Mac on the attack!

The following stage, I was happy to find myself in a cohesive 5-man group on a bike that once again had a functional rear derailleur. I never did find my saddle bag that probably now lives in the forest surrounding the Nipika campsite, but with tubes and tools stuffed in my jersey pockets, I was optimistic about a drama-free outing. For the most part, it was, until a seemingly harmless dropped chain upped the ante, jamming between my frame and crankset and warping several of the chain links in the process. With it once again dropping a mere 200m from the crest of the final climb, I sadly watched my pace-making pals ride on as I dealt with my dud of a hand. It was starting to feel like I wasn’t meant to be racing this race. For the second consecutive day, I was ousted from the pointier end of things and on a solo expedition through the mountains and forests, like some solitaire/poker player hybrid metaphor.

The views were okay.

A new chain and a new day, as we summoned our remaining chips of strength and pushed them all in for the climbing-heavy finale into Fernie. With a ten-minute buffer of a lead I’d built up over second place in my category, I had to avoid any major catastrophes in this last 5-hour shuffling of the deck. Mac and I would find ourselves in the same group, along with the rider immediately behind me on GC, going through the motions together on a rain-soaked course that sapped the legs that little bit extra. With limited vision through my mud-splattered glasses, I went wide through a corner on a speedy descent into some chunky rocks and then waited for the inevitable hiss of a tire puncture, which came a minute later in tandem with a spray of tire sealant. Pulling over to fix the utterly flat tire that had failed to seal, I found my CO2 cartridge and tube absent from my jersey pocket, having presumably wiggled their way out on a rough patch earlier in the day, classic. I could see the race lead riding away from me, literally and figuratively, as I took a nature break and waited for more riders to come by, ideally with some parts to spare. A generous rider hooked me up, and some 15-20 minutes later, I was rolling again, but now free of any urgency or thought of a winning result. With 90km of solo riding ahead of me, I knew I couldn’t match the pace of the fast-moving group I’d been ejected from, and I was forced to shift to a mindset of pleasure cruising. There was a mix of disappointment and relief, knowing the pressure to suffer my way up the remaining climbs and bomb the descents on the edge of catastrophe had evaporated; I was simply riding my bike amid postcard-worthy landscapes at a pace that allowed me to absorb it all, alone with my thoughts. I had hours to appreciate and reflect on what a wild experience the last several days had been, the palpable camaraderie that had developed between a group of 200 cycling nuts and the fortune of good health to partake in it. I recalled my earliest mountain bike rides as a kid, discovering what epic trails existed in my backyard. For the first time, I could stop at an aid station and enjoy some watermelon instead of blowing past it. I’d come here as a racer, to race, and had fought back against multiple set-backs to still be in the mix, but today the Gravel Royale decided to throw down a hand I couldn’t counter, “the house” had won, and yet I didn’t feel like I had lost.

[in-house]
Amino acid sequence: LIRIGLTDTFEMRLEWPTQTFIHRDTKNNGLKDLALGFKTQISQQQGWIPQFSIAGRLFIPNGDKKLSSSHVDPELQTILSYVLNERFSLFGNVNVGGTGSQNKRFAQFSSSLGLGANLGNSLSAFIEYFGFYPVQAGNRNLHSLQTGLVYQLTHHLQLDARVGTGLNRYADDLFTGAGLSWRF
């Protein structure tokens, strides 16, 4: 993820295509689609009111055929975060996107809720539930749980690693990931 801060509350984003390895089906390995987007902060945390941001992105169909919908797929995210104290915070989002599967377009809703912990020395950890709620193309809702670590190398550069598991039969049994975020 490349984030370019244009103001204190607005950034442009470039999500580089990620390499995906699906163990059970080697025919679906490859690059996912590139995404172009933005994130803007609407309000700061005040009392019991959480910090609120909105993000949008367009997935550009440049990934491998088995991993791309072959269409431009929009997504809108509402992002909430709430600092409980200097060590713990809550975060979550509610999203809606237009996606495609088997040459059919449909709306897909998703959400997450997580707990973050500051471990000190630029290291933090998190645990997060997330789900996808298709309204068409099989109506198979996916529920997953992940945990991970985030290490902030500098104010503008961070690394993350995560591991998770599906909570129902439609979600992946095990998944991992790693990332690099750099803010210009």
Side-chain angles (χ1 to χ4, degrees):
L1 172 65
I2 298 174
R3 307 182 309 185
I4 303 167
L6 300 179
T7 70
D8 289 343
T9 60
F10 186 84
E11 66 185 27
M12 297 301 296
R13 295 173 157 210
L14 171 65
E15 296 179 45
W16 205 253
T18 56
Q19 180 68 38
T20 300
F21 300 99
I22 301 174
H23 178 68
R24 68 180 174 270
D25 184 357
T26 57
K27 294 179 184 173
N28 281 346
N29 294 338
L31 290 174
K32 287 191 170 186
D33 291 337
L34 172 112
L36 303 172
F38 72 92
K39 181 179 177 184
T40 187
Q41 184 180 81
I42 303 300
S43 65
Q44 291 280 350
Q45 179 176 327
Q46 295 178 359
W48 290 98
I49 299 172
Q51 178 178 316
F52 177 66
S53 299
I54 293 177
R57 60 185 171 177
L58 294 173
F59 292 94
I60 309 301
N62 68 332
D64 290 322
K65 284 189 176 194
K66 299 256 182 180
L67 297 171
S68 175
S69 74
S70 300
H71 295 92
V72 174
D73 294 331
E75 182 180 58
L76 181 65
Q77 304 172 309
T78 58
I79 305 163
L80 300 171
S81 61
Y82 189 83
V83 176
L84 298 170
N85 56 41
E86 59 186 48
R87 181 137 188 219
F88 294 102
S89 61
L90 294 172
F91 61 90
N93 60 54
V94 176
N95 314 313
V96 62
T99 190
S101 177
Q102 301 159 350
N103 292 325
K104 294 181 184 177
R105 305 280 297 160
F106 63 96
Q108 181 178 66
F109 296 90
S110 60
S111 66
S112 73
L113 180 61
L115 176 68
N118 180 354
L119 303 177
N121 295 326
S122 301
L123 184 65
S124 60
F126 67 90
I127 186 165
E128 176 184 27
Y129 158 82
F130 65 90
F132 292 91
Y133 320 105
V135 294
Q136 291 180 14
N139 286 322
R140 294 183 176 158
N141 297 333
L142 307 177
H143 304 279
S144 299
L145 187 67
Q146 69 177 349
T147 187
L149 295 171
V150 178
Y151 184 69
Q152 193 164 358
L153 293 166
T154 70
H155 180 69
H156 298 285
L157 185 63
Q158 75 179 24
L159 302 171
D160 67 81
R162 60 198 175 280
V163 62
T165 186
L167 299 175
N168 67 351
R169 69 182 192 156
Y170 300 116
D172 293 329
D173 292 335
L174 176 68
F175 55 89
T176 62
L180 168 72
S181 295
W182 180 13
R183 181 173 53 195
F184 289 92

Thanks for the memories, TransRockies!

Photos courtesy of TransRockies Gravel Royale.

To learn more about the TransRockies events visit their website